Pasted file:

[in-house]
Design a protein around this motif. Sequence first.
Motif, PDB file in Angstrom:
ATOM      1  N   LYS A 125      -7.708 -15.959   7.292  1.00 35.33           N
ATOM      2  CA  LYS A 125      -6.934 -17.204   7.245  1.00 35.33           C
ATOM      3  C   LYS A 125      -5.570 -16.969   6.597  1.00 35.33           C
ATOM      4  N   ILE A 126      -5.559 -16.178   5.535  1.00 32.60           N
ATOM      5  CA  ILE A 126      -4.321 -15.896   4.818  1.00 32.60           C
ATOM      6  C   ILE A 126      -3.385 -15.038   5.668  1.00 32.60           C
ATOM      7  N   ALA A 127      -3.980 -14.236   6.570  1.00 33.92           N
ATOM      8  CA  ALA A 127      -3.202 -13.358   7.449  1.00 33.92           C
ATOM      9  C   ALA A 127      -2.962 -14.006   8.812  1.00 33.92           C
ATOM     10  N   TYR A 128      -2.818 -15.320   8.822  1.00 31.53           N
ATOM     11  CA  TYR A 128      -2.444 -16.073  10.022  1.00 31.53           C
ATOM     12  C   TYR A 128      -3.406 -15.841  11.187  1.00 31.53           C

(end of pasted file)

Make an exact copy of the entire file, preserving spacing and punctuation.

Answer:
[in-house]
Design a protein around this motif. Sequence first.
Motif, PDB file in Angstrom:
ATOM      1  N   LYS A 125      -7.708 -15.959   7.292  1.00 35.33           N
ATOM      2  CA  LYS A 125      -6.934 -17.204   7.245  1.00 35.33           C
ATOM      3  C   LYS A 125      -5.570 -16.969   6.597  1.00 35.33           C
ATOM      4  N   ILE A 126      -5.559 -16.178   5.535  1.00 32.60           N
ATOM      5  CA  ILE A 126      -4.321 -15.896   4.818  1.00 32.60           C
ATOM      6  C   ILE A 126      -3.385 -15.038   5.668  1.00 32.60           C
ATOM      7  N   ALA A 127      -3.980 -14.236   6.570  1.00 33.92           N
ATOM      8  CA  ALA A 127      -3.202 -13.358   7.449  1.00 33.92           C
ATOM      9  C   ALA A 127      -2.962 -14.006   8.812  1.00 33.92           C
ATOM     10  N   TYR A 128      -2.818 -15.320   8.822  1.00 31.53           N
ATOM     11  CA  TYR A 128      -2.444 -16.073  10.022  1.00 31.53           C
ATOM     12  C   TYR A 128      -3.406 -15.841  11.187  1.00 31.53           C